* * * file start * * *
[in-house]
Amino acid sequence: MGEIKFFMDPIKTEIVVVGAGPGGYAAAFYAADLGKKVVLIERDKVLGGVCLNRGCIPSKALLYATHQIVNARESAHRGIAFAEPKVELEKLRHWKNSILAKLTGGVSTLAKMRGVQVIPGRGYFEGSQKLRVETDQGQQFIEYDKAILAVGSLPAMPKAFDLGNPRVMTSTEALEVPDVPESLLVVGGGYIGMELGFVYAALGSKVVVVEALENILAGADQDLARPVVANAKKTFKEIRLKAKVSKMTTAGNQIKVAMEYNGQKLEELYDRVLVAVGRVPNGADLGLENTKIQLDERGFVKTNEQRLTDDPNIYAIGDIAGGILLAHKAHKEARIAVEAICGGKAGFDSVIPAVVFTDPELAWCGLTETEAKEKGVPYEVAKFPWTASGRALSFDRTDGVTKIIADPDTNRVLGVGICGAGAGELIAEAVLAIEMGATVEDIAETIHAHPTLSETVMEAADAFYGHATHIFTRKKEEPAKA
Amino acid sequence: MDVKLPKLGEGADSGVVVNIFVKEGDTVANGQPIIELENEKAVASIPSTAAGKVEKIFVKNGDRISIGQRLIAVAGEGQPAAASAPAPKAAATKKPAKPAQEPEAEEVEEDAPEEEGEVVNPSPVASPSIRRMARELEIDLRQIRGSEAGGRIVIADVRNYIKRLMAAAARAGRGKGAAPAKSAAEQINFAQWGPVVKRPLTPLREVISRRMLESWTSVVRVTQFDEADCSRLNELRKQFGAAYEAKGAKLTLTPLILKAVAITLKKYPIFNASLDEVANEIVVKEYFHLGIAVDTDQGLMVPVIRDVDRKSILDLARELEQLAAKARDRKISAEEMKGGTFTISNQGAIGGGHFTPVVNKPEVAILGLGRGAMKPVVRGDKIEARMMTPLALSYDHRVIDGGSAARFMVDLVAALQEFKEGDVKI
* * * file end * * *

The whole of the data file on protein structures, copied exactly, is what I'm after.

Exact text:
[in-house]
Amino acid sequence: MGEIKFFMDPIKTEIVVVGAGPGGYAAAFYAADLGKKVVLIERDKVLGGVCLNRGCIPSKALLYATHQIVNARESAHRGIAFAEPKVELEKLRHWKNSILAKLTGGVSTLAKMRGVQVIPGRGYFEGSQKLRVETDQGQQFIEYDKAILAVGSLPAMPKAFDLGNPRVMTSTEALEVPDVPESLLVVGGGYIGMELGFVYAALGSKVVVVEALENILAGADQDLARPVVANAKKTFKEIRLKAKVSKMTTAGNQIKVAMEYNGQKLEELYDRVLVAVGRVPNGADLGLENTKIQLDERGFVKTNEQRLTDDPNIYAIGDIAGGILLAHKAHKEARIAVEAICGGKAGFDSVIPAVVFTDPELAWCGLTETEAKEKGVPYEVAKFPWTASGRALSFDRTDGVTKIIADPDTNRVLGVGICGAGAGELIAEAVLAIEMGATVEDIAETIHAHPTLSETVMEAADAFYGHATHIFTRKKEEPAKA
Amino acid sequence: MDVKLPKLGEGADSGVVVNIFVKEGDTVANGQPIIELENEKAVASIPSTAAGKVEKIFVKNGDRISIGQRLIAVAGEGQPAAASAPAPKAAATKKPAKPAQEPEAEEVEEDAPEEEGEVVNPSPVASPSIRRMARELEIDLRQIRGSEAGGRIVIADVRNYIKRLMAAAARAGRGKGAAPAKSAAEQINFAQWGPVVKRPLTPLREVISRRMLESWTSVVRVTQFDEADCSRLNELRKQFGAAYEAKGAKLTLTPLILKAVAITLKKYPIFNASLDEVANEIVVKEYFHLGIAVDTDQGLMVPVIRDVDRKSILDLARELEQLAAKARDRKISAEEMKGGTFTISNQGAIGGGHFTPVVNKPEVAILGLGRGAMKPVVRGDKIEARMMTPLALSYDHRVIDGGSAARFMVDLVAALQEFKEGDVKI